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Discussion Starter · #1 ·
I am installing an HT system and using in-wall speakers. The in-wall subwoofer will be installed in the sheetrock under a built-in cabinet housing the receiver/cable box, etc. The subwoofer space is an unfinished stud wall cavity 27" W X 22" H X 32"D. There is sheet rock on the outsides of the subwoofer cavity walls. The floor is concrete under the speaker.


1) Should I partition or baffle this space to make it smaller or is bigger better for the bass sound? I plan on a 10" sub. 2) Should I put some fiberglass insulation around the inside of the cavity?


I'm new at this so any suggestions would be appreciated.

 

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What about putting a regular sub in the wall like that? I have a closet that I would like to place them in, firing out into the room. Is that possible?
 

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Use an in-wall sub that has an optional enclosure that mounts to the studs. If the wall is still open it's the only way to go.
 

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Quote:
Originally Posted by topr /forum/post/18194584


Use an in-wall sub that has an optional enclosure that mounts to the studs. If the wall is still open it's the only way to go.

It's the only way to go, period.


peleliu, what model sub are you using? If it does not have an separate enclosure that mounts to the studs, you'll get all kinds of vibration plus sound will bleed all over the place. You can't just cut a woofer into a wall and have it work well, sheetrock is NOT a good cabinet material, plus speaker enclosures (especially subwoofers) need to be sealed very tight.


Sounds like the sub maybe doesn't have enough volume behind it, if the vertical is cut off by a built-in for the electronics. Or is this deeper than just 3.5" stud depth? We need more info to better help you.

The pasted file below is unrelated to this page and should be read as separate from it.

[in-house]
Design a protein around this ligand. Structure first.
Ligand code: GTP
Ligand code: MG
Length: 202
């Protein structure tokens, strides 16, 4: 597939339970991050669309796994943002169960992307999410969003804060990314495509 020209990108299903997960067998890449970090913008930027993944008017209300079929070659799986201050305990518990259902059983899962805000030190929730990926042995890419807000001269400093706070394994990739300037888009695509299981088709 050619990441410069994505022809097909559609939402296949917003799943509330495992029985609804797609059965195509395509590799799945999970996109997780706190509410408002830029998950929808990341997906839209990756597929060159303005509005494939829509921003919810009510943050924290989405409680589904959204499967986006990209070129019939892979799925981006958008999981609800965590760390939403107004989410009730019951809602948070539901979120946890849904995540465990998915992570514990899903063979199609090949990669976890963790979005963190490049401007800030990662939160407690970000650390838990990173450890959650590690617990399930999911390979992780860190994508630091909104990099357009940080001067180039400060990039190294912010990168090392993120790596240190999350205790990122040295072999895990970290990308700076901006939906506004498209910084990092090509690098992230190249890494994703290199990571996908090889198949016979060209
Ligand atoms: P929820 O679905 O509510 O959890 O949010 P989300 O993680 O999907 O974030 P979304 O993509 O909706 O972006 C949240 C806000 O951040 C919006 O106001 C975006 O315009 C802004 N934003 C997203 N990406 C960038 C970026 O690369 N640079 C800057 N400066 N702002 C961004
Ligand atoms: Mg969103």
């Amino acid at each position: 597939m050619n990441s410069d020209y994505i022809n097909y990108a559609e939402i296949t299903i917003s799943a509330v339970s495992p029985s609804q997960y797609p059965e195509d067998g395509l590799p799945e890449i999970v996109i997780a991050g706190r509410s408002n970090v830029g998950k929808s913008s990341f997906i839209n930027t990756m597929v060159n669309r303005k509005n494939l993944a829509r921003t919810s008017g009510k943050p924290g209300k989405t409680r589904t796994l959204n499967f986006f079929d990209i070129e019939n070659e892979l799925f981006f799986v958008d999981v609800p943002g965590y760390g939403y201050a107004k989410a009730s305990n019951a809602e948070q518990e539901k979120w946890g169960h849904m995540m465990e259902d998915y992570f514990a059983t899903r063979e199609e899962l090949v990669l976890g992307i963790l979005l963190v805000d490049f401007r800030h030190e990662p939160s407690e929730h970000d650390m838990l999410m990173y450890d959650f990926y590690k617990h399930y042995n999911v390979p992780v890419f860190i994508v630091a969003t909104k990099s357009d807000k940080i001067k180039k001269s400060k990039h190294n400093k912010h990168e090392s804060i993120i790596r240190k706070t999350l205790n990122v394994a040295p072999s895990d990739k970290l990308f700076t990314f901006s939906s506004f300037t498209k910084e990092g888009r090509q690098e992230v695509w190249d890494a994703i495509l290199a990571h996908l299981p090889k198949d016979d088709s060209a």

Pictures?
 

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Discussion Starter · #6 ·

Quote:
Originally Posted by head_unit /forum/post/18194996


Sounds like the sub maybe doesn't have enough volume behind it, if the vertical is cut off by a built-in for the electronics. Or is this deeper than just 3.5" stud depth? We need more info to better help you.

Pictures?

The space for the subwoofer is large. I'm thinking it is too large. See my original post for dimensions of space. See picture below. There will be a built-in cabinet above the subwoofer. The bottom of the cabinet will be about 22" from the floor. This will leave the space below it for the subwoofer.


I haven't picked out the subwoofer yet. I am looking for an inexpensive one that I can power with a separate amp. I'm not an audiophile so I will compromise on sound for an in-wall installation. Any recommendations?


 

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One way to save a few bucks is forgo the expensive sub woofer amp and power it with a pro audio amp and let your receiver's eq take care of the anomalies the room and placement may introduce. It's not the optimum way but plenty good enough for most folks. As far as a sub there are quite a few...what's your budget for a whole setup, amp, enclosure (backbox), and sub.
 

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Discussion Starter · #8 ·

Quote:
Originally Posted by topr /forum/post/18196295


One way to save a few bucks is forgo the expensive sub woofer amp and power it with a pro audio amp and let your receiver's eq take care of the anomalies the room and placement may introduce. It's not the optimum way but plenty good enough for most folks. As far as a sub there are quite a few...what's your budget for a whole setup, amp, enclosure (backbox), and sub.

My budget is around $350. Are there any complete setups in this range? What do you recommend? What are some of the pro audio amps you would recommend? I don't know what using these involves?

 

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Quote:
Originally Posted by peleliu /forum/post/18194204


I am installing an HT system and using in-wall speakers. The in-wall subwoofer will be installed in the sheetrock under a built-in cabinet housing the receiver/cable box, etc. The subwoofer space is an unfinished stud wall cavity 27" W X 22" H X 32"D. There is sheet rock on the outsides of the subwoofer cavity walls. The floor is concrete under the speaker.


1) Should I partition or baffle this space to make it smaller or is bigger better for the bass sound? I plan on a 10" sub. 2) Should I put some fiberglass insulation around the inside of the cavity?


I'm new at this so any suggestions would be appreciated.

Quote:
Originally Posted by peleliu /forum/post/18196742